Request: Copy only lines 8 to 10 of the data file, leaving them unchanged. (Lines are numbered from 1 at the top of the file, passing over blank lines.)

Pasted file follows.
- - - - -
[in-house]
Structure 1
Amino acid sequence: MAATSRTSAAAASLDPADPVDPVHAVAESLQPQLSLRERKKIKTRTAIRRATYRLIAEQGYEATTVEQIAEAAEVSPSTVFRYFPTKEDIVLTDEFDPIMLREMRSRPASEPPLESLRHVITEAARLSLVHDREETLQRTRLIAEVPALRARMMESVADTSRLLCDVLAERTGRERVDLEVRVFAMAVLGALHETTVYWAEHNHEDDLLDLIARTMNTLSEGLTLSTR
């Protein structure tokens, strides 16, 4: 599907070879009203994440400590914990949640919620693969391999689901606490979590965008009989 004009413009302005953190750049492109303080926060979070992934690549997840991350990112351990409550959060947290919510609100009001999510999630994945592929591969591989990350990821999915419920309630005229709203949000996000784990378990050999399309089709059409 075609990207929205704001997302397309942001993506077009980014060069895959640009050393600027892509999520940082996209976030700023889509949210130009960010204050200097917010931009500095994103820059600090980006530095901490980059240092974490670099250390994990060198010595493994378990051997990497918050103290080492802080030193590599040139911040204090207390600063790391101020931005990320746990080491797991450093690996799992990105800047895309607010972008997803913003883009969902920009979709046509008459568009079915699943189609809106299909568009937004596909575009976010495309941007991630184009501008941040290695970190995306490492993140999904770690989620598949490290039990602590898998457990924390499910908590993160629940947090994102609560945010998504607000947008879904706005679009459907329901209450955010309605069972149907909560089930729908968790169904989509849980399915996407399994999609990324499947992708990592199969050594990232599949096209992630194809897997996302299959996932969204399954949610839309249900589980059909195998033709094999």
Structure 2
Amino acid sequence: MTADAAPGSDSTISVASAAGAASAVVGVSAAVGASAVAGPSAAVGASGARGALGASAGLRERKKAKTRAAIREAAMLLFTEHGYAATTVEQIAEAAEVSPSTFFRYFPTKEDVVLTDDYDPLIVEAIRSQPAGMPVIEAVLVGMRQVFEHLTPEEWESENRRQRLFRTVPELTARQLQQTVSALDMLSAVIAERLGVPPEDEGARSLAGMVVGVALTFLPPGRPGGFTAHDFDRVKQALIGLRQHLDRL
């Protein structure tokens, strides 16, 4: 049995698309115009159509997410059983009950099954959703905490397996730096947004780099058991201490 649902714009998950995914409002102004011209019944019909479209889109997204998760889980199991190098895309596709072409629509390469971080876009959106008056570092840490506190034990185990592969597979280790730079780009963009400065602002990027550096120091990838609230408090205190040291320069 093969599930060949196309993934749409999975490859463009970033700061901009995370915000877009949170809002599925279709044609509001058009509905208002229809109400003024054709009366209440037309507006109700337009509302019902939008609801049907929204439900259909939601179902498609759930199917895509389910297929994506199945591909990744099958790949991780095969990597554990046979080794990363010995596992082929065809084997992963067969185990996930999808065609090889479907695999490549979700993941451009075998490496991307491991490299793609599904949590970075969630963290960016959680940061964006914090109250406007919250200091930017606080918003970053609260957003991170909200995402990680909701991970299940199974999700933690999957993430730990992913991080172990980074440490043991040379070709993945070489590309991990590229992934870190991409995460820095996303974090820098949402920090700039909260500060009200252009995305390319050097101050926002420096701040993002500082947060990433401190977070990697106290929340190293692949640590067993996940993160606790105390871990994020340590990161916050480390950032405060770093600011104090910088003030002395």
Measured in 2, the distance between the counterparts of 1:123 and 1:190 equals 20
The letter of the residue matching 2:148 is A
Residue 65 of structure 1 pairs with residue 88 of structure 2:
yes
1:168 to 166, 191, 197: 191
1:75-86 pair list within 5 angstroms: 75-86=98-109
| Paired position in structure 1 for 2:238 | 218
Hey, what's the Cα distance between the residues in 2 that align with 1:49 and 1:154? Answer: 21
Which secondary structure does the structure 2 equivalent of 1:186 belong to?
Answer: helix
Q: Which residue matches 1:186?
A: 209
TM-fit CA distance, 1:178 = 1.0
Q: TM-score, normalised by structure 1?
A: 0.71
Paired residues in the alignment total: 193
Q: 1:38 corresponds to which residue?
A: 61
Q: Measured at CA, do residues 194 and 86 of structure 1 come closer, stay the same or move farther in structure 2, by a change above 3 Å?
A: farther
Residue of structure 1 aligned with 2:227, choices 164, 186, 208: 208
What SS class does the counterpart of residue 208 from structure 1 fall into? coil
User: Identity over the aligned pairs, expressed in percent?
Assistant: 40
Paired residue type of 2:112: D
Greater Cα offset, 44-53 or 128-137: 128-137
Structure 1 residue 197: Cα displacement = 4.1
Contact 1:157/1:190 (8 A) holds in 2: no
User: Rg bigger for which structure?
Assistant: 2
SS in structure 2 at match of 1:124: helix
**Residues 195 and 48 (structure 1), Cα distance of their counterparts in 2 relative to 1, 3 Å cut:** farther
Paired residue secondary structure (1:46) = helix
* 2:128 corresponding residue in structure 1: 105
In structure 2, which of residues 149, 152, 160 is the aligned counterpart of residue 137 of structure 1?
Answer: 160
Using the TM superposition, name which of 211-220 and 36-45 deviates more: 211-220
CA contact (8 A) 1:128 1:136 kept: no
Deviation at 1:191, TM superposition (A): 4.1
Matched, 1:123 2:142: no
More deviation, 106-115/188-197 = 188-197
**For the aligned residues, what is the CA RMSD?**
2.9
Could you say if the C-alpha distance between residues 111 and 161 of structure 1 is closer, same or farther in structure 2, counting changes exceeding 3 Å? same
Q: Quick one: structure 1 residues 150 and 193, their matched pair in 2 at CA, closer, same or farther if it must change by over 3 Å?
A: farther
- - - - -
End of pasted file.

Measured in 2, the distance between the counterparts of 1:123 and 1:190 equals 20
The letter of the residue matching 2:148 is A
Residue 65 of structure 1 pairs with residue 88 of structure 2: